Recently, economists Matthew Smith, Owen Zidar, and Eric Zwick reestimated wealth inequality and accounted for the fact that the wealthy tend to own higher-yielding assets and have more of their wealth in their own businesses. For example, their study assumed, consistent with the data, that wealthy Americans hold fixed-income assets that earn a higher return than average—because they are more likely to own high-yield debt and municipal bonds. The fixed-income assets owned by poorer Americans tend to be things like bank accounts. When you allow for a higher rate of return, the estimates of asset values (and the wealth of their owners)—are lower. Accounting for different rates of return, their study estimated that the amount of wealth held by the top 0.1% was half of what was estimated by Saez and Zucman, whose study has been trumpeted by proponents of a wealth tax such as Elizabeth Warren.
Yet even the more recent and accurate estimates by Smith, Zidar, and Zwick make strong assumptions about asset returns and sources of asset income. The most appropriate takeaway from this line of research is that we don’t know very much about the distribution of wealth; using wealth taxation to reduce inequality is thus difficult to justify or monitor.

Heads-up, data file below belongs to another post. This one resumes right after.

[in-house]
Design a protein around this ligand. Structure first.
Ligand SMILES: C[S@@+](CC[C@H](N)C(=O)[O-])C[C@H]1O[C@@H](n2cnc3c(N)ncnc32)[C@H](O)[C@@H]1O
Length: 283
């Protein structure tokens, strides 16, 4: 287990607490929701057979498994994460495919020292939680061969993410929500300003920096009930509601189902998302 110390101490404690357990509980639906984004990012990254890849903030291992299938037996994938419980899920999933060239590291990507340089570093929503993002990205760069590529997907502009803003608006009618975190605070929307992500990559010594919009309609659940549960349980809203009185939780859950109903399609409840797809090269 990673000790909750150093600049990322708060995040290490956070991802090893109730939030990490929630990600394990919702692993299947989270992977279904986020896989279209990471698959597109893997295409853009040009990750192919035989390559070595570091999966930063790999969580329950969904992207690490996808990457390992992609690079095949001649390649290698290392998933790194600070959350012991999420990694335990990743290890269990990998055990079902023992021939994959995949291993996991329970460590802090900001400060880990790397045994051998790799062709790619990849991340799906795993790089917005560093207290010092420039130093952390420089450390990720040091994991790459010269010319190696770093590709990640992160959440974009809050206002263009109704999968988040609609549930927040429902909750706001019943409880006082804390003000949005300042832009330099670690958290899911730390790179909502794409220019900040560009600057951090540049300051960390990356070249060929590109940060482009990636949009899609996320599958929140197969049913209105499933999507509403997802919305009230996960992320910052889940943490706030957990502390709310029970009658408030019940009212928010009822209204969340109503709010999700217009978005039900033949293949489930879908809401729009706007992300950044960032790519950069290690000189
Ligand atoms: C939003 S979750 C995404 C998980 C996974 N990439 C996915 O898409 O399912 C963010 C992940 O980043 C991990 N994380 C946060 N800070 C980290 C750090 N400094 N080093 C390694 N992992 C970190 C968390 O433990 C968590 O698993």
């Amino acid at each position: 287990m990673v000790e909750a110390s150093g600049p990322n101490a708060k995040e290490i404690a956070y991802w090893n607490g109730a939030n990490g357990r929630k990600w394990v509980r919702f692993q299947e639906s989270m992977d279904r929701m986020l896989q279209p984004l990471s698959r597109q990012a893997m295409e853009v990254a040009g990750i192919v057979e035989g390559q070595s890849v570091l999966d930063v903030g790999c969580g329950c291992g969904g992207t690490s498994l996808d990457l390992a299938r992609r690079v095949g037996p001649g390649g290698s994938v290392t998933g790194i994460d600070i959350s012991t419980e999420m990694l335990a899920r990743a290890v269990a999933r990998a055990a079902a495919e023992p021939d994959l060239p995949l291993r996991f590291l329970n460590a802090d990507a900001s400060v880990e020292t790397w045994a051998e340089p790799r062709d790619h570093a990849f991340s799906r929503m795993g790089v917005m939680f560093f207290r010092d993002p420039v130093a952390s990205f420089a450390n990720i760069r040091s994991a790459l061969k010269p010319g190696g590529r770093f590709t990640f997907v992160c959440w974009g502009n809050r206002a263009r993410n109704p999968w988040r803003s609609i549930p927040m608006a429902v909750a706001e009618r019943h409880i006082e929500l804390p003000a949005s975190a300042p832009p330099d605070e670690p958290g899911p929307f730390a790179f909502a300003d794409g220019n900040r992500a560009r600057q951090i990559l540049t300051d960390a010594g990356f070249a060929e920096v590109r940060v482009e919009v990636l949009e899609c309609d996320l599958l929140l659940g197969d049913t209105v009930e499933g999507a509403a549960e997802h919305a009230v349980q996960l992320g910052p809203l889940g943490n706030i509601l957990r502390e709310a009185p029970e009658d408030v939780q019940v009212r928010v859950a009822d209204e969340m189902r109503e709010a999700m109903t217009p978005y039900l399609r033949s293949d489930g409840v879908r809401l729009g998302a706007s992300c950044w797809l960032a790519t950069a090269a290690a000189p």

Wealth Inequality Does Not Constrain Prosperity
There is no clear evidence that rising inequality of wealth has harmed economic growth. Traditionally, economists thought that there was a trade-off between growth and equality. More growth necessarily meant that some people became very rich as the result of starting very productive companies, fashioning new technologies, synthesizing drugs, or devising new and popular products. Reaping the rewards meant that they earned far more than others, although their income (and wealth) did not come at the expense of everyone else. Conversely, taxing wealth and redistributing it enhanced economic equality, but it also reduced incentives to invest and innovate. Tolerating inequality was considered a worthwhile trade-off because a wealthier, albeit more unequal, economy has the potential to make everyone better off from rising living standards. And with appropriate redistributive policies, some of the wealth could fund social insurance while still rewarding successful entrepreneurs. However, Saez and Zucman claim that entrepreneurs don’t require outsize rewards to take risks and innovate and that reducing inequality, for its own sake, can increase growth.